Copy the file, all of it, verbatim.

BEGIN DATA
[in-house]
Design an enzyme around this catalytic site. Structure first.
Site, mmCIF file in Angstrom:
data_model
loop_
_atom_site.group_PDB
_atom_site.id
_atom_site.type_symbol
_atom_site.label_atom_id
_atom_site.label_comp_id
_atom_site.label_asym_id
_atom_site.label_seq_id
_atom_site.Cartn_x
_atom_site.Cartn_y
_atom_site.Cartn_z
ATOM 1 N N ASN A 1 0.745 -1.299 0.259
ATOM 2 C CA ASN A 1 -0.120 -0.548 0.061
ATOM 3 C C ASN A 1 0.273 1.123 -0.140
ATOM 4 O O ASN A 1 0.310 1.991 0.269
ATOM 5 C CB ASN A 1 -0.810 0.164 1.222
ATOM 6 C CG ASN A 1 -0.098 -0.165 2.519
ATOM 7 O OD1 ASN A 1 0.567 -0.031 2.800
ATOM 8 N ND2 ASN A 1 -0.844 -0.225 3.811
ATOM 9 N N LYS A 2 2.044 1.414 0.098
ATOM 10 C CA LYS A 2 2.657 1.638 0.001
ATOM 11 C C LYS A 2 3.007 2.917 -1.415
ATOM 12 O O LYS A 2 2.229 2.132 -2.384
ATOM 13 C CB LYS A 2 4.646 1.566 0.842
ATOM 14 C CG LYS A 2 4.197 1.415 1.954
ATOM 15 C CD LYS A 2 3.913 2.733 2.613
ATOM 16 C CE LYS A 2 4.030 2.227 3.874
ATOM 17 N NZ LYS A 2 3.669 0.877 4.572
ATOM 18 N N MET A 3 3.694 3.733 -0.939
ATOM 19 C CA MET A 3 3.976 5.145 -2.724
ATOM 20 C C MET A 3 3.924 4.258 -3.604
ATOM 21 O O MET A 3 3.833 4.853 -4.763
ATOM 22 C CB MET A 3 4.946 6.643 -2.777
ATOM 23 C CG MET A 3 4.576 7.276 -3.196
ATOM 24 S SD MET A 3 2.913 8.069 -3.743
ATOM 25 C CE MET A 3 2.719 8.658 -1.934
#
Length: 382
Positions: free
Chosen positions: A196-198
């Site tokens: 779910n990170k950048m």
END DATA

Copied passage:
[in-house]
Design an enzyme around this catalytic site. Structure first.
Site, mmCIF file in Angstrom:
data_model
loop_
_atom_site.group_PDB
_atom_site.id
_atom_site.type_symbol
_atom_site.label_atom_id
_atom_site.label_comp_id
_atom_site.label_asym_id
_atom_site.label_seq_id
_atom_site.Cartn_x
_atom_site.Cartn_y
_atom_site.Cartn_z
ATOM 1 N N ASN A 1 0.745 -1.299 0.259
ATOM 2 C CA ASN A 1 -0.120 -0.548 0.061
ATOM 3 C C ASN A 1 0.273 1.123 -0.140
ATOM 4 O O ASN A 1 0.310 1.991 0.269
ATOM 5 C CB ASN A 1 -0.810 0.164 1.222
ATOM 6 C CG ASN A 1 -0.098 -0.165 2.519
ATOM 7 O OD1 ASN A 1 0.567 -0.031 2.800
ATOM 8 N ND2 ASN A 1 -0.844 -0.225 3.811
ATOM 9 N N LYS A 2 2.044 1.414 0.098
ATOM 10 C CA LYS A 2 2.657 1.638 0.001
ATOM 11 C C LYS A 2 3.007 2.917 -1.415
ATOM 12 O O LYS A 2 2.229 2.132 -2.384
ATOM 13 C CB LYS A 2 4.646 1.566 0.842
ATOM 14 C CG LYS A 2 4.197 1.415 1.954
ATOM 15 C CD LYS A 2 3.913 2.733 2.613
ATOM 16 C CE LYS A 2 4.030 2.227 3.874
ATOM 17 N NZ LYS A 2 3.669 0.877 4.572
ATOM 18 N N MET A 3 3.694 3.733 -0.939
ATOM 19 C CA MET A 3 3.976 5.145 -2.724
ATOM 20 C C MET A 3 3.924 4.258 -3.604
ATOM 21 O O MET A 3 3.833 4.853 -4.763
ATOM 22 C CB MET A 3 4.946 6.643 -2.777
ATOM 23 C CG MET A 3 4.576 7.276 -3.196
ATOM 24 S SD MET A 3 2.913 8.069 -3.743
ATOM 25 C CE MET A 3 2.719 8.658 -1.934
#
Length: 382
Positions: free
Chosen positions: A196-198
């Site tokens: 779910n990170k950048m």